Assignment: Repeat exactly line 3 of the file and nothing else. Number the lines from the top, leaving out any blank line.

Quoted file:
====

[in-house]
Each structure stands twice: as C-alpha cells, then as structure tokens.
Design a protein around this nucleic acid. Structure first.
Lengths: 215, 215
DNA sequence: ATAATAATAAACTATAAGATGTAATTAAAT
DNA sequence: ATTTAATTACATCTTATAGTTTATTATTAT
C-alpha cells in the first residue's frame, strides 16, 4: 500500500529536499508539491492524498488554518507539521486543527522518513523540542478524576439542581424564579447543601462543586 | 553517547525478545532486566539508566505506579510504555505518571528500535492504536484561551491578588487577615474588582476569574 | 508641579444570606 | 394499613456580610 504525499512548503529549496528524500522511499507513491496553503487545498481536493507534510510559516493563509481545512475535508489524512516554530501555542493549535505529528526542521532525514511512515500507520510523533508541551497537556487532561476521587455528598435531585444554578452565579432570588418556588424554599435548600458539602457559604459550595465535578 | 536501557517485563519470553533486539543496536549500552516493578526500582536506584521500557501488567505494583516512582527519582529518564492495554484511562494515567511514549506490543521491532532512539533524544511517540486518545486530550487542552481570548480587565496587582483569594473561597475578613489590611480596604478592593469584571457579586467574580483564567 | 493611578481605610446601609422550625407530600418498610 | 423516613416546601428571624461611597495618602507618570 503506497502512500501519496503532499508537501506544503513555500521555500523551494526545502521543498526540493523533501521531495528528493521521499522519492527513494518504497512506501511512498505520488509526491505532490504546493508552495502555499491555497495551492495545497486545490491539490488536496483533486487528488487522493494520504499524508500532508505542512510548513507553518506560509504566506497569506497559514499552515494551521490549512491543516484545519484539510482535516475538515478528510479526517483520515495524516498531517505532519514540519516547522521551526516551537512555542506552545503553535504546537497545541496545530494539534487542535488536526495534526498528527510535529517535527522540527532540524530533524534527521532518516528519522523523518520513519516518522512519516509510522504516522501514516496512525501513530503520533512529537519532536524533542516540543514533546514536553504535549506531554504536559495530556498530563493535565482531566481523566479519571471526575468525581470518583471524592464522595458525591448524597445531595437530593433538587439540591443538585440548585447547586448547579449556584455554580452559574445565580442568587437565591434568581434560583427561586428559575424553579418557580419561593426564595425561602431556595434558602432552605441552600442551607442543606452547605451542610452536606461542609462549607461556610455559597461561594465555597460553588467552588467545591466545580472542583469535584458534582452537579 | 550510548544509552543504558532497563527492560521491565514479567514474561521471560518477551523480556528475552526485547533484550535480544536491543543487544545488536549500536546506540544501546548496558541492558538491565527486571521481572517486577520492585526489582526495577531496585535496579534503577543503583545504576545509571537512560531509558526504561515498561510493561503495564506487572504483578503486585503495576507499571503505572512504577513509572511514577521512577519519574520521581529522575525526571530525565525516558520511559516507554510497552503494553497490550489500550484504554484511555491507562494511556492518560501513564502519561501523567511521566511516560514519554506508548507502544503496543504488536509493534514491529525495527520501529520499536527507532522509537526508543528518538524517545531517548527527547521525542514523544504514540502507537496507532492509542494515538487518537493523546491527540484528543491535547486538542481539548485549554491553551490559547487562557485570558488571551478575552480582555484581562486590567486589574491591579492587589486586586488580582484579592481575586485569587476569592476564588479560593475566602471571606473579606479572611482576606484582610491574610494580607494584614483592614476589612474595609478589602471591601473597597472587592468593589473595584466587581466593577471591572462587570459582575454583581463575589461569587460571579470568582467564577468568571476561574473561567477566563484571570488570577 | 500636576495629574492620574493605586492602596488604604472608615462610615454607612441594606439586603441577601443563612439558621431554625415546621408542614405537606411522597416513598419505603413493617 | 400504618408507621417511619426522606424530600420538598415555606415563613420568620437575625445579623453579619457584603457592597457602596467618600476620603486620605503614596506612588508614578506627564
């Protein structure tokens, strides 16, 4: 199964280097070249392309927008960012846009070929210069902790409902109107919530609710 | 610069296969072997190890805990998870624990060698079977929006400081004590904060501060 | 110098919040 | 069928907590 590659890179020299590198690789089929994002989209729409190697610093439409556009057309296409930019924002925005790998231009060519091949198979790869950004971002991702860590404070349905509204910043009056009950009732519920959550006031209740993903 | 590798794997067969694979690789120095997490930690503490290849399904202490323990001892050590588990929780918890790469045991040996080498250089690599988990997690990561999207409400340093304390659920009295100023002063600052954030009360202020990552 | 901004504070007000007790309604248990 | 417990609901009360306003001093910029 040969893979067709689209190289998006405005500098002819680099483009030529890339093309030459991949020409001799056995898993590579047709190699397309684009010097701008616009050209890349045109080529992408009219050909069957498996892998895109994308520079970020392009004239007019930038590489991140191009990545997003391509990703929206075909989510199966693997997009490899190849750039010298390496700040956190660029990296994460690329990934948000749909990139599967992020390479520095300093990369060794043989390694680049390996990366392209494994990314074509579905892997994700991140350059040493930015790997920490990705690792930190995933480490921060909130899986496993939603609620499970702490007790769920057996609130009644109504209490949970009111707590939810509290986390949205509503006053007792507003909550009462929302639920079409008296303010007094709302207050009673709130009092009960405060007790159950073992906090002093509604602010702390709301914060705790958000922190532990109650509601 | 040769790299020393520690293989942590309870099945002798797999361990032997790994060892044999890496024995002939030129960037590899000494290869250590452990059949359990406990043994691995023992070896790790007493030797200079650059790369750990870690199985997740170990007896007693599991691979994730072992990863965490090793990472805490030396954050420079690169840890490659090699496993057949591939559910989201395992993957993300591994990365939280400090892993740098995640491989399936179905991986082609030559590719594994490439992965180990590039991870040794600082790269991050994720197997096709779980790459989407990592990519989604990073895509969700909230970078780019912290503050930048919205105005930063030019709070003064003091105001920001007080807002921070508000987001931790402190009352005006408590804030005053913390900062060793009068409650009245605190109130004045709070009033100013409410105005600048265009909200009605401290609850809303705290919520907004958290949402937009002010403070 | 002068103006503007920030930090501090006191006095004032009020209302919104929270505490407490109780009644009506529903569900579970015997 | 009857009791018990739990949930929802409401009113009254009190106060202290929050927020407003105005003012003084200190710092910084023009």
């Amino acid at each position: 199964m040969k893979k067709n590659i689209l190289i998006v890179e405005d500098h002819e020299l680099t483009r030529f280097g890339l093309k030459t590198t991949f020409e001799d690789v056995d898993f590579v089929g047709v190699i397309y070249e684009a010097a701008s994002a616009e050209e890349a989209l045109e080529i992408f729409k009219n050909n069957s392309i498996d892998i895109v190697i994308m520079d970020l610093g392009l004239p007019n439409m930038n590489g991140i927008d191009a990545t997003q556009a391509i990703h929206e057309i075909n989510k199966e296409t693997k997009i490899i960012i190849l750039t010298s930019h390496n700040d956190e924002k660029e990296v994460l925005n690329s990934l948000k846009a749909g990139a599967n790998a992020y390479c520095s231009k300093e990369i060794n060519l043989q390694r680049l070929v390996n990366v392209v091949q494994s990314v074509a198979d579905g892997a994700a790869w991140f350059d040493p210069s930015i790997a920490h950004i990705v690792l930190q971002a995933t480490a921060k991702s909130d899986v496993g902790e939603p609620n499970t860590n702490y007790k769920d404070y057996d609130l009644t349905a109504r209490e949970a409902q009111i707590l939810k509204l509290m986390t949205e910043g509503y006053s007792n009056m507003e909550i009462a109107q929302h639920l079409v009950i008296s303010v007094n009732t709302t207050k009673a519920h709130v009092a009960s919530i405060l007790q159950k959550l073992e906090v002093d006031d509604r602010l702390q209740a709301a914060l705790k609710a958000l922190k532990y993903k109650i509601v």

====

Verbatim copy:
Design a protein around this nucleic acid. Structure first.